Summary of Related Work

  • In summary,

    • Semantic inputs are necessary

      • Program model

      • Properties to be checked (all three methods)

    • Restricted application domain

      • Event-driven model

      • Properties are also event-related.


Example revisited

Example Revisited

void subline(char *lin, char *pat, char *sub)

{

int i, lastm, m;

lastm = -1;

i = 0;

while((lin[i] != ENDSTR)) {

m = amatch(lin, i, pat, 0);

if (m >= 0){

putsub(lin, i, m, sub);

lastm = m;

}

if ((m == -1) || (m == i)){

fputc(lin[i], stdout);

i = i + 1;

} else

i = m;

}

}

void subline(char *lin, char *pat, char *sub)

{

int i, lastm, m;

lastm = -1;

i = 0;

while((lin[i] != ENDSTR)) {

m = amatch(lin, i, pat, 0);

if (m > 0){

putsub(lin, i, m, sub);

lastm = m;

}

if ((m == -1) || (m == i)){

fputc(lin[i], stdout);

i = i + 1;

} else

i = m;

}

}

void subline(char *lin, char *pat, char *sub)

{

int i, lastm, m;

lastm = -1;

i = 0;

while((lin[i] != ENDSTR)) {

m = amatch(lin, i, pat, 0);

if (m >= 0){

putsub(lin, i, m, sub);

lastm = m;

}

if ((m == -1) || (m == i)){

fputc(lin[i], stdout);

i = i + 1;

} else

i = m;

}

}

void subline(char *lin, char *pat, char *sub)

{

int i, lastm, m;

lastm = -1;

i = 0;

while((lin[i] != ENDSTR)) {

m = amatch(lin, i, pat, 0);

if ((m >= 0) && (lastm != m) ){

putsub(lin, i, m, sub);

lastm = m;

}

if ((m == -1) || (m == i)){

fputc(lin[i], stdout);

i = i + 1;

} else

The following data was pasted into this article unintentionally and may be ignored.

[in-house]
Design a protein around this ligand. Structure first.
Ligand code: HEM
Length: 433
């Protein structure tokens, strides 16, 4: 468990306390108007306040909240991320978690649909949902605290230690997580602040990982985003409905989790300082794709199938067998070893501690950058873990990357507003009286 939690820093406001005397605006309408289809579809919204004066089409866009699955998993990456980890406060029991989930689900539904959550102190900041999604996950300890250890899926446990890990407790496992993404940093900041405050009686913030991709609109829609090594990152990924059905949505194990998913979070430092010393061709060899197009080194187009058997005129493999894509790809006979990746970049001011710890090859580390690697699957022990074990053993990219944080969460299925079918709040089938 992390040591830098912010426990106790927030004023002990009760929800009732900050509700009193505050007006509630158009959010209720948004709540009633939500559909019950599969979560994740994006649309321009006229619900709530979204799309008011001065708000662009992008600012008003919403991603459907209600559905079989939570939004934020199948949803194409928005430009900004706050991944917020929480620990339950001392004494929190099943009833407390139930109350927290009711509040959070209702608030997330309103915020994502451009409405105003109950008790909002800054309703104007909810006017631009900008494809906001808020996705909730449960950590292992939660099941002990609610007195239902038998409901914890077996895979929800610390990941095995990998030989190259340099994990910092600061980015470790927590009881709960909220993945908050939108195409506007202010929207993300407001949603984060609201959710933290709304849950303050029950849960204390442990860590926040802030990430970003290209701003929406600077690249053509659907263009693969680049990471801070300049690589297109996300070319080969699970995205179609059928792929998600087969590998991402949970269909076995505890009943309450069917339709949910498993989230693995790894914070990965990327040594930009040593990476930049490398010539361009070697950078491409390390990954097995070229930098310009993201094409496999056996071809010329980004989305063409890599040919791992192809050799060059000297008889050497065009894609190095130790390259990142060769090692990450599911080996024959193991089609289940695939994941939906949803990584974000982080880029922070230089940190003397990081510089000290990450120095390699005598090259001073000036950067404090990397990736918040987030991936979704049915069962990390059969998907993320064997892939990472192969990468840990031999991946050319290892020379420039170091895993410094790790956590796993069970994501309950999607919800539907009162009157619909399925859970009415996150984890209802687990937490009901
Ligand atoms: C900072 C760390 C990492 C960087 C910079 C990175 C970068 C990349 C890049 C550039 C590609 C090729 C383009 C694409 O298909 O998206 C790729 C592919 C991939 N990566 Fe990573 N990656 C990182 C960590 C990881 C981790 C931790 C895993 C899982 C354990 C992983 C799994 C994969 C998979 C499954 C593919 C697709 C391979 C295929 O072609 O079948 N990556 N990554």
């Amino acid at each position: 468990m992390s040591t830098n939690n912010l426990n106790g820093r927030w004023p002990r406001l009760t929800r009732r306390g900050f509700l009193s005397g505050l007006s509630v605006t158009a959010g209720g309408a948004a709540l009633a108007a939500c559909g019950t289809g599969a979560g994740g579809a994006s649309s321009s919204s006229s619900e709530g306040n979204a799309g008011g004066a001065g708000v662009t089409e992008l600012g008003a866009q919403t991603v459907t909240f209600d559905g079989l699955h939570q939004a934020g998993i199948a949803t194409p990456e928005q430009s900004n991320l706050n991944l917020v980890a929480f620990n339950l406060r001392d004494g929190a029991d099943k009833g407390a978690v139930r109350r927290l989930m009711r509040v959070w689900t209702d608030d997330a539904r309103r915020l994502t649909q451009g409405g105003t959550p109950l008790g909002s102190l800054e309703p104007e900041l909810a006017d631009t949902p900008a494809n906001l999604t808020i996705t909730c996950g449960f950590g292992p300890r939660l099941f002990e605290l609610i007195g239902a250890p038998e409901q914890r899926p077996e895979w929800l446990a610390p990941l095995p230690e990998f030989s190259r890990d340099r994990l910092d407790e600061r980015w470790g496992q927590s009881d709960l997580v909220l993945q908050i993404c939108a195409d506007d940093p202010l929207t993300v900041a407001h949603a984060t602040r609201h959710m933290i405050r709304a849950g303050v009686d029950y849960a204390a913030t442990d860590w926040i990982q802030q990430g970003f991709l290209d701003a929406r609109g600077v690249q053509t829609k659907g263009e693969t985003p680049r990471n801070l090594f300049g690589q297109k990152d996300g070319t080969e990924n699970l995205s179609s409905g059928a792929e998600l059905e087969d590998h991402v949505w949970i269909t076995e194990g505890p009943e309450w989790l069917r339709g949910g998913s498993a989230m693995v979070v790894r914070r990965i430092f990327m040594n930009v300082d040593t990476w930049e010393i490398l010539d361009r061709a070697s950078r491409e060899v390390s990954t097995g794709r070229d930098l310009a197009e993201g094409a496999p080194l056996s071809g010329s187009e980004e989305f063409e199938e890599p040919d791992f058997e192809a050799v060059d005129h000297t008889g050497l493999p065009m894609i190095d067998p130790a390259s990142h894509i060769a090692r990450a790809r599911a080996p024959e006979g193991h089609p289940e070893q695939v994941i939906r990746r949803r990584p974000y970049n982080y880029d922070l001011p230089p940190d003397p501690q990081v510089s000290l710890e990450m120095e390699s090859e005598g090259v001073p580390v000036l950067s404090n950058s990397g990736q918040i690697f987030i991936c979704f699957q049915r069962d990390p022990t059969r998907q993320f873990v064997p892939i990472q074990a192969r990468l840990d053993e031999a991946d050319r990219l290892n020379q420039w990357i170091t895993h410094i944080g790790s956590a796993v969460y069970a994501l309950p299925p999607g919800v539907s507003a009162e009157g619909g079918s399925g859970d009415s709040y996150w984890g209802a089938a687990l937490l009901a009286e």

i = m;

}

}

  • No memory violations

  • Not event-driven program

  • No explicit error properties


Outline2

Outline

  • Motivations

  • Related Work

  • Classification of Program Executions

  • Extract “Backtrace” from Classification Dynamics

  • Case Study

  • Conclusions


Synopsis of program execution

Synopsis of Program Execution

  • Program behavior graphs

    • Function-level abstraction of program behaviors

    • Function calls and transitions

    • First-order sequential information about function interactions

int main(){

...

A();

...

B();

}

int A(){ ... }

int B(){ ... C() ... }

int C(){ ... }


Identification of incorrect executions

Identification of Incorrect Executions

  • A two-class classification problem

    • Every execution gives one behavior graph

    • Edges and closed frequent subgraphs as features

  • Is classification useful?

    • Classification itselfdoes not work for bug localization

      • Classifier only labels each run as either correct or incorrect as a whole

      • It does not tell when and where abnormality happens

  • Observations

    • Good classifiers know the differences between correct and incorrect execution

      • Difference, a kind of abnormality?

    • Where and when does abnormality happens?